Similarity #2: The majority of Americans are uncomfortable with the practice.
Even in the South there are estimates that less than 25% of whites owned 1 slave. That means that 75% of whites owned n0 slaves. Were they still for slavery even though they themselves didn’t own a slave? Most of them probably, many for reasons listed in similarity #3. Views were different in the North and West. The nation as a whole had long grown weary of the practice and elected Abraham Lincoln, an abolitionist, in 1860. Today, more Americans oppose the practice of abortion than support it, yet it continues. It continues because it is so woven into our psyche that 1) babies are less than human and 2) there is nothing the average American can do about it...sounds like America between 1840 & 1861.

Similarity #3: The practice is promoted on the backs of the poor.
To be Southern in the pre-Civil War South pretty much meant you were poor. The industrial North had all of the money, almost literally. The abuses of the wealthy North on the poor South are well documented. Look it up. The only hope, as Southerners saw it was through a particular political party that they thought gave them a "voice" in government. It just so happened that this political party was also pro-slavery. That didn't matter to most Southerners, because that was the only party that looked after Southern interests. How else would they feed their families? Without their protection, the South would suffer even greater at the hands of wealthy Northerners. Sound familiar? Today, poor Americans are disproportionately more likely to have an abortion and more likely to vote for the political party that is disproportionately pro-abortion (or pro-choice as they say it). After all, that is the only party that gives them a "voice". Without them, they would be overrun. They NEED that party's protection.

Similarity #4: The U.S. Supreme Court
Yes, in the famous Dred Scott case, the U.S. Supreme Court ruled that slaves are indeed property and it is a constitutional right to own property, which is why the constitution had to be amended (13, 14, & 15) before slavery could end. Similarly, Row vs. Wade ruled that abortion is constitutional.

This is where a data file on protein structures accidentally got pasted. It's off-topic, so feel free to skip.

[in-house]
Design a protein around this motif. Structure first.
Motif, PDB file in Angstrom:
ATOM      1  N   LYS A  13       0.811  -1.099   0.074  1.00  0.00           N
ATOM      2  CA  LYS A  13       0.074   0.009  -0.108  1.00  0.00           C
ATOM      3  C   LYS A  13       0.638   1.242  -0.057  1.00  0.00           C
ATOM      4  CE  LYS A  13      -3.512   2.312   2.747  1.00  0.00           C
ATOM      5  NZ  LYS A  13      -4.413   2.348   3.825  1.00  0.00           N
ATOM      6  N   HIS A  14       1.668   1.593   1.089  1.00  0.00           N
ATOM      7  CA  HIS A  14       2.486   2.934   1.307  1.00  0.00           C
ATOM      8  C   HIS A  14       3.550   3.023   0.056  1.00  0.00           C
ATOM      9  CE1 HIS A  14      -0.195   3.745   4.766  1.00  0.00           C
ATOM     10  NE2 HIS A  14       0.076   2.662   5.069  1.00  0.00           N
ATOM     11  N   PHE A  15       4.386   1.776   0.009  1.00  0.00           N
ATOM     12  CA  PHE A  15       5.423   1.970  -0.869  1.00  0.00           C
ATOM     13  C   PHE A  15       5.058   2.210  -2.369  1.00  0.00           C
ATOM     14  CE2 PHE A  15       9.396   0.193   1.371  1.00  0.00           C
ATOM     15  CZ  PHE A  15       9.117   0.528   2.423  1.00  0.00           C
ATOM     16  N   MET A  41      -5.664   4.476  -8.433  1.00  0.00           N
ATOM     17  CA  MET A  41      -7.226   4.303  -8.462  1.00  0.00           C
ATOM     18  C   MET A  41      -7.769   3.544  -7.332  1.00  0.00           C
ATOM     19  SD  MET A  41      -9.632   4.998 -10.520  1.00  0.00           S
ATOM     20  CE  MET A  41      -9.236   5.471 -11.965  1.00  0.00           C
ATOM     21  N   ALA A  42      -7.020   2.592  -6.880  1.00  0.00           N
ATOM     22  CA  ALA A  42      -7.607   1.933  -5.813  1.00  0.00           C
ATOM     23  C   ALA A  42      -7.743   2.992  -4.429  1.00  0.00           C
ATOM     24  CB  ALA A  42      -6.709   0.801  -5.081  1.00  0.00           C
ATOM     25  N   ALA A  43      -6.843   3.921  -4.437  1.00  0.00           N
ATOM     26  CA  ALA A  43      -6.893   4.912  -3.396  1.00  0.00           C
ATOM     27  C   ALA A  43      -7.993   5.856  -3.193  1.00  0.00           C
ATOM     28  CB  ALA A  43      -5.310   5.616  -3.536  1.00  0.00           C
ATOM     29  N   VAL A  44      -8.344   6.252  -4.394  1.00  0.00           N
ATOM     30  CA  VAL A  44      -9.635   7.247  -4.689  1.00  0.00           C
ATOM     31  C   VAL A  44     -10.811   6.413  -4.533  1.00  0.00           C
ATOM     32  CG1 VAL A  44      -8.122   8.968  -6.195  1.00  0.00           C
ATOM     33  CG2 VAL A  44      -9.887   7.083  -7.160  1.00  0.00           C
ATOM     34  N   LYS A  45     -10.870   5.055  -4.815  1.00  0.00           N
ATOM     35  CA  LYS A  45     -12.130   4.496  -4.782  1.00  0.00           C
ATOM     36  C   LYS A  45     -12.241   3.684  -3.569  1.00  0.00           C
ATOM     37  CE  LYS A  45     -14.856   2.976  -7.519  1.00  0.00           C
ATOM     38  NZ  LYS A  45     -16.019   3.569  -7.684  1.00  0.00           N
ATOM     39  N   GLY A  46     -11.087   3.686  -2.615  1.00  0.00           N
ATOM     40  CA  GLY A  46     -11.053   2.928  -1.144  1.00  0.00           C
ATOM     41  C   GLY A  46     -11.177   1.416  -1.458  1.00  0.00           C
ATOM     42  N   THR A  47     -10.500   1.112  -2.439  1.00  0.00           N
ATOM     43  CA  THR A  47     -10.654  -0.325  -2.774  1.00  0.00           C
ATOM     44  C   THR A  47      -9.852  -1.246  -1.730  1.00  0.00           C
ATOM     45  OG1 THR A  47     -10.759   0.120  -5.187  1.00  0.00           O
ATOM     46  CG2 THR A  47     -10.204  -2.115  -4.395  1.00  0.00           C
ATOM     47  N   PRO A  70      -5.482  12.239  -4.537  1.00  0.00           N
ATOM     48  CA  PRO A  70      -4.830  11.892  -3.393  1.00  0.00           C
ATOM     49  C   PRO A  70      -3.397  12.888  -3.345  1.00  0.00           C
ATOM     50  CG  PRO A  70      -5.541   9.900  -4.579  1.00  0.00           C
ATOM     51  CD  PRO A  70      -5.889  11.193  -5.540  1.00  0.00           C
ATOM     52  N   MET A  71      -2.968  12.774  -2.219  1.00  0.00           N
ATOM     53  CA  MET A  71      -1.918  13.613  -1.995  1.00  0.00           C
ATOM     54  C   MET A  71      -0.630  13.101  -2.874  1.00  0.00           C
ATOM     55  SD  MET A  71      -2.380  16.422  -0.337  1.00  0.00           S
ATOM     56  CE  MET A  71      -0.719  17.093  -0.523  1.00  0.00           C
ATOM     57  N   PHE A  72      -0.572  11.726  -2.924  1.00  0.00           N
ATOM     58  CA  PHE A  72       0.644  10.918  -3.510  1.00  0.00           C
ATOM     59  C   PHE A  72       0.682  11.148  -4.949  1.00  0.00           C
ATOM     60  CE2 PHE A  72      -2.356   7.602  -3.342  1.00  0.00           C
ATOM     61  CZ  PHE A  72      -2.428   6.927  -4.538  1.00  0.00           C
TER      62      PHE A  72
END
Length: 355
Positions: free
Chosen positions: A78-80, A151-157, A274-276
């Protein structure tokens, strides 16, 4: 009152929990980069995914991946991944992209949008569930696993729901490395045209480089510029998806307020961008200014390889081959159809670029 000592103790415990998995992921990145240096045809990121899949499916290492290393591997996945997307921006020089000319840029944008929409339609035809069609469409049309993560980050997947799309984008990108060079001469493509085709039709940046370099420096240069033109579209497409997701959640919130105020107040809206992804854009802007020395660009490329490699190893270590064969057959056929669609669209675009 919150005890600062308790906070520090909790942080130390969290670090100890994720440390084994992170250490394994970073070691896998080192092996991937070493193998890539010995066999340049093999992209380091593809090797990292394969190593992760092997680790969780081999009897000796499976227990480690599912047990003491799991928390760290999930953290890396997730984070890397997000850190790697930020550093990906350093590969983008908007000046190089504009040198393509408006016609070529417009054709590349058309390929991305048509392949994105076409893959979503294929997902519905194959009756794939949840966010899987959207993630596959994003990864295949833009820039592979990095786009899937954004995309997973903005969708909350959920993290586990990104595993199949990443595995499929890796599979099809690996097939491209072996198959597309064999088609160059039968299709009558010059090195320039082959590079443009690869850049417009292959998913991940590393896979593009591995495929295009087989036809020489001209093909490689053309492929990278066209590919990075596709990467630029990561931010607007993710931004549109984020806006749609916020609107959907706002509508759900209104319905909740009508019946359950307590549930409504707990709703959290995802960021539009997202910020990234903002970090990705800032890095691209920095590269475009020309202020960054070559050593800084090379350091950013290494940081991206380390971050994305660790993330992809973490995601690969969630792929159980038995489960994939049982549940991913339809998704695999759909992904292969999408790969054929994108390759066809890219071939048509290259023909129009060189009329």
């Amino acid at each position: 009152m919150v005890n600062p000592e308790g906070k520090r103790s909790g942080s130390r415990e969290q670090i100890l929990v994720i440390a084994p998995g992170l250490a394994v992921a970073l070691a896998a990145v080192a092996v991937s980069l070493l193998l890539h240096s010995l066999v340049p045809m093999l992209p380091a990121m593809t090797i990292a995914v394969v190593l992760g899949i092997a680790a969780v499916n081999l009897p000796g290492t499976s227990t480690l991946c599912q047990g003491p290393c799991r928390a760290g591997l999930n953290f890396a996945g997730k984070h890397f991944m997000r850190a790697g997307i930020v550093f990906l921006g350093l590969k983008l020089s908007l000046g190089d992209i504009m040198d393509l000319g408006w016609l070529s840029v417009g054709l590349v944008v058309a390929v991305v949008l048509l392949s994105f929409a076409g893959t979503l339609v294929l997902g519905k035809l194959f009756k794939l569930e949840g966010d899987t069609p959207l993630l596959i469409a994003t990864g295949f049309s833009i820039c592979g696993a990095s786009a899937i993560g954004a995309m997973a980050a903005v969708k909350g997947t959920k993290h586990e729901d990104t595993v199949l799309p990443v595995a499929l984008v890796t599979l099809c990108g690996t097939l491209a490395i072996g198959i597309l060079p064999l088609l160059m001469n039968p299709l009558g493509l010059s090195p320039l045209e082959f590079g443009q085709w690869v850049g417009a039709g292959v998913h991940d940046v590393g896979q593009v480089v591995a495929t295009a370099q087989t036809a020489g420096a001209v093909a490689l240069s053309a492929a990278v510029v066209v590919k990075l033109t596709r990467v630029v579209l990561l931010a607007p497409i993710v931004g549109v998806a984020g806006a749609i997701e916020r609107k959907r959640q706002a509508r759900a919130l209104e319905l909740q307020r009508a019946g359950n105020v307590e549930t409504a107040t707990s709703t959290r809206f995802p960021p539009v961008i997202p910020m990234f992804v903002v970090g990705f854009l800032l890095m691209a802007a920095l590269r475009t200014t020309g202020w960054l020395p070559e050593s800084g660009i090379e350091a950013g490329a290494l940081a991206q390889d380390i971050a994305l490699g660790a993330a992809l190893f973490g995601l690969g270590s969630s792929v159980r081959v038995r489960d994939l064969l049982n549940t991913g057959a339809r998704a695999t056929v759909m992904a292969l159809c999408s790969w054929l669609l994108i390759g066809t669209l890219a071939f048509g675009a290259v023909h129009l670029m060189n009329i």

Similarity #5: The Democratic Party
Enough said.

I leave you with this:

Wednesday, July 23, 2008

The Prosperity Gospel

If you haven't seen this already, you should. The prosperity gospel creeps into my thinking on a daily is so woven into American Christianity (and third-world from my missions experience). Forgive us Father.

Wednesday, July 16, 2008

Get Smart

My wife and I finally got smart and for the first time hired a babysitter to watch our girls and put them to bed for the night. The key being put them to bed. Having the babysitter put the kids to bed means that mommy and daddy get to stay out past 7pm.

For dinner, we sat at a bar because the wait for a table would have meant that we missed our movie. We enjoyed a nice meal (I had a beer) and just talked with the warm breeze from the open windows in our face.

After dinner we went to see Get Smart. It was kinda cool to sit there, together, and laugh at the same stupid jokes. No, it wasn't a "great" movie, just a fun one. I recommend it. It had a little something for everyone. A little romance and some things blowing up. Although, sorry ladies, the "hunk" in the movie is not so much a hunk but the babe in the movie was indeed a babe.

After the movie we walked into a house (after 10pm) that was not only quiet but responsibility free. We paid the babysitter and soaked up the moment.

Get Smart= 3 stars
Using a babysitter = 5 stars

Monday, May 19, 2008

Thoughts on life of William Wilberforce

More believers need to know about the life of William Wilberforce! I've had the privilege of getting to know him better this past week in preparation for teaching my students about him.

In case you don't know, Wilberforce was an openly passionate believer in Jesus who dedicated his life to the ending the slave trade. Of the European powers involved in the slave trade, England was the first to abolish it, largely due to Wilberforce. His mentor, John Newton, is the writer of the great Hymn, Amazing Grace. The abolition of slavery in Britain led to its demise in America as well.

Here is a quote from Wilberforce:
"God Almighty has set before me two great objects, the suppression of the Slave Trade and the Reformation of Manners [moral values]"